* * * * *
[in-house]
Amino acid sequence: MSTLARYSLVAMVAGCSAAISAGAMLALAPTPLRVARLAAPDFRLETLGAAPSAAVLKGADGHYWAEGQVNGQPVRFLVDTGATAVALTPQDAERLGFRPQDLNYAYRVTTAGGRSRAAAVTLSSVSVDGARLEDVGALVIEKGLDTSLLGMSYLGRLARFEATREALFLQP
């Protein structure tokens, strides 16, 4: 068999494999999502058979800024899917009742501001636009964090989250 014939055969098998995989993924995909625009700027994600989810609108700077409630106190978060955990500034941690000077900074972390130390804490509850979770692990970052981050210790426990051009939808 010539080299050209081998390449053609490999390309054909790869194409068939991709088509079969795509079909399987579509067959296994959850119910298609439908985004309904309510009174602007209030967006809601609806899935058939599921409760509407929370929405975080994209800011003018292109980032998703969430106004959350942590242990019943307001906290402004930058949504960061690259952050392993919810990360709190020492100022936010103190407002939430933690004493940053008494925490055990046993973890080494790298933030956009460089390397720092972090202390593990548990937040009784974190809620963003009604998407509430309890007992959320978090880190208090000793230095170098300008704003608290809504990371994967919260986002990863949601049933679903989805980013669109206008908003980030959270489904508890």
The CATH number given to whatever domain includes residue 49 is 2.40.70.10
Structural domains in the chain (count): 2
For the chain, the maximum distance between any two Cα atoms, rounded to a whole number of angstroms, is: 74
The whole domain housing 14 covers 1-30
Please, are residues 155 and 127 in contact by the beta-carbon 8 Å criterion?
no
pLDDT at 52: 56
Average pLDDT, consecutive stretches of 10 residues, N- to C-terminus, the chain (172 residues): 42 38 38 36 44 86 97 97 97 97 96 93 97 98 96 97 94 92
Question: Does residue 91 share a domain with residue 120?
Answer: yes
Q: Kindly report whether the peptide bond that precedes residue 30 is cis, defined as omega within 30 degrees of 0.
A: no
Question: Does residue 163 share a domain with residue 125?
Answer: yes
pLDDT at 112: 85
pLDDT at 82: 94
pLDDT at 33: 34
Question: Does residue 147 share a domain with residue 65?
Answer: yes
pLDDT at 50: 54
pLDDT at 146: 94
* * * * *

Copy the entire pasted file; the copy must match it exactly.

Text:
[in-house]
Amino acid sequence: MSTLARYSLVAMVAGCSAAISAGAMLALAPTPLRVARLAAPDFRLETLGAAPSAAVLKGADGHYWAEGQVNGQPVRFLVDTGATAVALTPQDAERLGFRPQDLNYAYRVTTAGGRSRAAAVTLSSVSVDGARLEDVGALVIEKGLDTSLLGMSYLGRLARFEATREALFLQP
């Protein structure tokens, strides 16, 4: 068999494999999502058979800024899917009742501001636009964090989250 014939055969098998995989993924995909625009700027994600989810609108700077409630106190978060955990500034941690000077900074972390130390804490509850979770692990970052981050210790426990051009939808 010539080299050209081998390449053609490999390309054909790869194409068939991709088509079969795509079909399987579509067959296994959850119910298609439908985004309904309510009174602007209030967006809601609806899935058939599921409760509407929370929405975080994209800011003018292109980032998703969430106004959350942590242990019943307001906290402004930058949504960061690259952050392993919810990360709190020492100022936010103190407002939430933690004493940053008494925490055990046993973890080494790298933030956009460089390397720092972090202390593990548990937040009784974190809620963003009604998407509430309890007992959320978090880190208090000793230095170098300008704003608290809504990371994967919260986002990863949601049933679903989805980013669109206008908003980030959270489904508890």
The CATH number given to whatever domain includes residue 49 is 2.40.70.10
Structural domains in the chain (count): 2
For the chain, the maximum distance between any two Cα atoms, rounded to a whole number of angstroms, is: 74
The whole domain housing 14 covers 1-30
Please, are residues 155 and 127 in contact by the beta-carbon 8 Å criterion?
no
pLDDT at 52: 56
Average pLDDT, consecutive stretches of 10 residues, N- to C-terminus, the chain (172 residues): 42 38 38 36 44 86 97 97 97 97 96 93 97 98 96 97 94 92
Question: Does residue 91 share a domain with residue 120?
Answer: yes
Q: Kindly report whether the peptide bond that precedes residue 30 is cis, defined as omega within 30 degrees of 0.
A: no
Question: Does residue 163 share a domain with residue 125?
Answer: yes
pLDDT at 112: 85
pLDDT at 82: 94
pLDDT at 33: 34
Question: Does residue 147 share a domain with residue 65?
Answer: yes
pLDDT at 50: 54
pLDDT at 146: 94